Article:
It seems as though teens are becoming conditioned to be “on call” through texting with cell phones. Some youth say they feel social pressure to answer each other’s text messages regardless of the time of day, and that’s causing problems at home and at school. Teachers are concerned about the impact of interruptions on learning, and school administrators are responding with policies on cell phone-use in schools. But how can the education system guide teens through confronting compulsion if students are conditioned to be “on-call”? Can kids find the self-control to plan time with their cell phones efficiently? Conditioned to Be on Call is a documentary that explores teens’ relationships with cell phones.
I traveled to London, England; Edinburgh, Scotland; Boston, M.A.; Ann Arbor, M.I.; Vancouver, B.C.; and Toronto, O.N. in search of some further insight and research into teens’ relationships with their cell phones and uncovered some fascinating discoveries.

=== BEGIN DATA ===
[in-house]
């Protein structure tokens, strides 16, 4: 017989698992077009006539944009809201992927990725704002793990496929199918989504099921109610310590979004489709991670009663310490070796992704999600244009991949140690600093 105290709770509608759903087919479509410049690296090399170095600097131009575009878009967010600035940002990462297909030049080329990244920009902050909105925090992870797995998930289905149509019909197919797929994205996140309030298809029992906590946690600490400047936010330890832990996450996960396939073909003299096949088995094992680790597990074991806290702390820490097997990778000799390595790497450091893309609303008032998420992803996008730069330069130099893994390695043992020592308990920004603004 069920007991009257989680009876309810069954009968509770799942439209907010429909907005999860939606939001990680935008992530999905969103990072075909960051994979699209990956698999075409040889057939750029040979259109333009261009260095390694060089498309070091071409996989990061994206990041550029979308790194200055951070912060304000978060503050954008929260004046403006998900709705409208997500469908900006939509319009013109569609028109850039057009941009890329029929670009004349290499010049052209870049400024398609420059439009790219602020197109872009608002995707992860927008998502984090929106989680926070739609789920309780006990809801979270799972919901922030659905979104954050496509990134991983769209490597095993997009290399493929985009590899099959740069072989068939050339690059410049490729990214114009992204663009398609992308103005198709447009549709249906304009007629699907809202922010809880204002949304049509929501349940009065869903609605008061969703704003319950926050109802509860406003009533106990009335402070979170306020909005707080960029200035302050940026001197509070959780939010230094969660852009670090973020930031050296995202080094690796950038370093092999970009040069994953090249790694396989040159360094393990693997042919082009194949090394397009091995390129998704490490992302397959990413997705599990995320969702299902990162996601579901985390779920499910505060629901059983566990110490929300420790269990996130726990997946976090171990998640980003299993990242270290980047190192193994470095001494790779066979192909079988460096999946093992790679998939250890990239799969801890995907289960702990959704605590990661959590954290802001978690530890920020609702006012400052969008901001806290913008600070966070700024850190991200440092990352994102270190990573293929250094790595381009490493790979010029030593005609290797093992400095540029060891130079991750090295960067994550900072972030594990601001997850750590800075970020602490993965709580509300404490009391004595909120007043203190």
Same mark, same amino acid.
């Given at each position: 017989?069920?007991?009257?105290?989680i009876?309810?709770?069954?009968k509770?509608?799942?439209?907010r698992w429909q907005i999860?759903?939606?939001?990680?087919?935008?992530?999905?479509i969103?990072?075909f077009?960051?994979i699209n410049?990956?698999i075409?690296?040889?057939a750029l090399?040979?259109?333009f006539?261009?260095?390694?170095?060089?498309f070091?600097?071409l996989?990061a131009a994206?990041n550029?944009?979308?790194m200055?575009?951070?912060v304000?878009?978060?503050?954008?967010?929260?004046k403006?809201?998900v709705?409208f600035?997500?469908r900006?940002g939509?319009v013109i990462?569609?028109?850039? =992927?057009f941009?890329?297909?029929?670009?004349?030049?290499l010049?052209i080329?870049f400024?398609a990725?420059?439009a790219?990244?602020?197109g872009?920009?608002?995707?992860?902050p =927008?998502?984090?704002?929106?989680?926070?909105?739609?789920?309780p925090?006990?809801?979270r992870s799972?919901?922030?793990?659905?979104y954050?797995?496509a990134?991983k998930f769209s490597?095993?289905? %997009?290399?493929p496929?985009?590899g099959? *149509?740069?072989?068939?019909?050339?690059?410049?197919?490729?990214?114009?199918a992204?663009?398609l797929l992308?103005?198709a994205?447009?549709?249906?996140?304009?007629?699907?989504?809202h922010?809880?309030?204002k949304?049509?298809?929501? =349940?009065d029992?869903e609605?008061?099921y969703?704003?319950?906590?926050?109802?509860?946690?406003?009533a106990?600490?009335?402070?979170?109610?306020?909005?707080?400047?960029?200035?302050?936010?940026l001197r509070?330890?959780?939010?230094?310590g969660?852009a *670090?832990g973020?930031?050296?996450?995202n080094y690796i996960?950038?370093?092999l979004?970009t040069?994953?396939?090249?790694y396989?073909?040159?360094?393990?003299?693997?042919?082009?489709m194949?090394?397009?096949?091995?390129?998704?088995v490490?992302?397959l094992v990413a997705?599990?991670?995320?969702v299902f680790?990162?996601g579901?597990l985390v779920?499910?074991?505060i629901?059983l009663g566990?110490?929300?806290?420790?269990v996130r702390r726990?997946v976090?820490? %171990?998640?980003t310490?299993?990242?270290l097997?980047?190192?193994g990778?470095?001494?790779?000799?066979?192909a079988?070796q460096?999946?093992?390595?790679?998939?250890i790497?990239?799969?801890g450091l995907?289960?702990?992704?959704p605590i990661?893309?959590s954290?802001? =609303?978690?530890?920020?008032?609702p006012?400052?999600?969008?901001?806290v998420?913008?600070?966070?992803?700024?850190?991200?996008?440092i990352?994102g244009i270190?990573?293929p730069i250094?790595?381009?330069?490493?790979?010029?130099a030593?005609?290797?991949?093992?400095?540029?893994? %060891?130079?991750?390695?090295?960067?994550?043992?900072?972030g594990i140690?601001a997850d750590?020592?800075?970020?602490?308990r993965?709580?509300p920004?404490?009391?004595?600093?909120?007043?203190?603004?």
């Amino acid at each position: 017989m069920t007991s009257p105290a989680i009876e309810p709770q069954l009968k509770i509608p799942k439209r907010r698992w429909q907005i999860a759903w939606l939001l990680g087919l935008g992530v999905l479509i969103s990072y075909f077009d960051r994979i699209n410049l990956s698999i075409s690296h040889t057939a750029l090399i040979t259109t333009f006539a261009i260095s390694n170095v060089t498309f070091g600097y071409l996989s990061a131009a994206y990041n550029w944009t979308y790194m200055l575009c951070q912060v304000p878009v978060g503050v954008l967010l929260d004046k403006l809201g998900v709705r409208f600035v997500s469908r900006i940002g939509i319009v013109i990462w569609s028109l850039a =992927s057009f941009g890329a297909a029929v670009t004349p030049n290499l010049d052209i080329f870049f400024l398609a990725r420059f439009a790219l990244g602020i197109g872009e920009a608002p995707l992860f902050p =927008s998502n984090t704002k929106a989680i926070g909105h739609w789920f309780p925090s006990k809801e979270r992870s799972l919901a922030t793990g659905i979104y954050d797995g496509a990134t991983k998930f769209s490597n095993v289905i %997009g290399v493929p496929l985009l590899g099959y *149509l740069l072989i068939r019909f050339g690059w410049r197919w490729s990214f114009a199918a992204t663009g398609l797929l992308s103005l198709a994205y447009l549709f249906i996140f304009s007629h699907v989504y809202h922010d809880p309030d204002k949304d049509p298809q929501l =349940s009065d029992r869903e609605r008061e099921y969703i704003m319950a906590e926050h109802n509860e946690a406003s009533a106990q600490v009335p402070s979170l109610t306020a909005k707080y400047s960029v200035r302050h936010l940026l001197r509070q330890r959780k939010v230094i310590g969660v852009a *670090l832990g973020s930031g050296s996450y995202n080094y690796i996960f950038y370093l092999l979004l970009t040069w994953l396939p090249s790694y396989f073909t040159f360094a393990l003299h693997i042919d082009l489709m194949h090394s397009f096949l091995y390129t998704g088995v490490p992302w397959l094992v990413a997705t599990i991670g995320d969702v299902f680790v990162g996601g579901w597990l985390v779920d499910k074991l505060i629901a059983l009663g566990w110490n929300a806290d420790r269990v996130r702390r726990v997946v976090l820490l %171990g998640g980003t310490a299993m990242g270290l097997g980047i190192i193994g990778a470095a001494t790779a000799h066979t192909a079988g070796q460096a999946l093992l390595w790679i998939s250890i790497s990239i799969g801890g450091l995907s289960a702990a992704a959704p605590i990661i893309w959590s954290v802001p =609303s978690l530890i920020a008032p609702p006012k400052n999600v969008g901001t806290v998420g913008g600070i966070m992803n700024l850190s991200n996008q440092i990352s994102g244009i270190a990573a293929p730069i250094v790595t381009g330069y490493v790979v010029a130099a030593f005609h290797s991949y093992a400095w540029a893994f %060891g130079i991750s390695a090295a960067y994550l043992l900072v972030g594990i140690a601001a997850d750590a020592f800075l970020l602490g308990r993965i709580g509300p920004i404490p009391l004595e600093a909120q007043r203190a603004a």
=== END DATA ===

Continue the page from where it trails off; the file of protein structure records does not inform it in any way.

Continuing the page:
Here is a sneak peak of the documentary. It is available for purchase by McNabb Connolly for educational and library distribution. For individual purchase of $24.00, please email me at firstname.lastname@example.org
I also co-authored a report on how teens view their attachment to their mobile devices and what role that plays in their ability to focus attention. Conditioned To Be On Call report
Q and A on Teens and Texting
Teens are creating a social space to maintain friendships and to help forge their identities. Their social circles are shifting and they are using technology to navigate through this process. They are also building a space separate from adults where they have control as they strive for independence. This is a natural part of growing up.